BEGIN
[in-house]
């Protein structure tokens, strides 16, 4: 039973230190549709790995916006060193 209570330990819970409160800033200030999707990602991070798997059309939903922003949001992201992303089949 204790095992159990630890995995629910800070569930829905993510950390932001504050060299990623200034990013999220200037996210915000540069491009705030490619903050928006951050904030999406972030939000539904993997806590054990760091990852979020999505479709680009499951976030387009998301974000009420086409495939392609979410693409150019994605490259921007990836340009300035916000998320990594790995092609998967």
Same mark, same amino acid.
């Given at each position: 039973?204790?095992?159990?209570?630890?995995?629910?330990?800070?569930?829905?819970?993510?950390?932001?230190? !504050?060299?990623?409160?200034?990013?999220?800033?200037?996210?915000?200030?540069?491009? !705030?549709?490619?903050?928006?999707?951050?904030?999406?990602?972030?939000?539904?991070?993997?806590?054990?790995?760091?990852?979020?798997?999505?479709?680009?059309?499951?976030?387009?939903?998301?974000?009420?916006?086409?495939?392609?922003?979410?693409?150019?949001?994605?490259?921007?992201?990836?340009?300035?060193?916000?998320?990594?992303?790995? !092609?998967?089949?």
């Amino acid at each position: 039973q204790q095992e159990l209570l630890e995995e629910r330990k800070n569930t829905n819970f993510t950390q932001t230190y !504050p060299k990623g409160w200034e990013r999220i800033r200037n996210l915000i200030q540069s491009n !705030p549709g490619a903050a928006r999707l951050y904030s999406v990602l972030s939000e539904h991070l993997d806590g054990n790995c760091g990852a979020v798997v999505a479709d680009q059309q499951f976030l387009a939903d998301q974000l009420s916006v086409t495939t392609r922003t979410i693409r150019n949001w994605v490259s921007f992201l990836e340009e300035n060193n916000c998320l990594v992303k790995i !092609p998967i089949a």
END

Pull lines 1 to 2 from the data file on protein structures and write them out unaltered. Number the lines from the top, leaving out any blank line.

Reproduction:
[in-house]
């Protein structure tokens, strides 16, 4: 039973230190549709790995916006060193 209570330990819970409160800033200030999707990602991070798997059309939903922003949001992201992303089949 204790095992159990630890995995629910800070569930829905993510950390932001504050060299990623200034990013999220200037996210915000540069491009705030490619903050928006951050904030999406972030939000539904993997806590054990760091990852979020999505479709680009499951976030387009998301974000009420086409495939392609979410693409150019994605490259921007990836340009300035916000998320990594790995092609998967």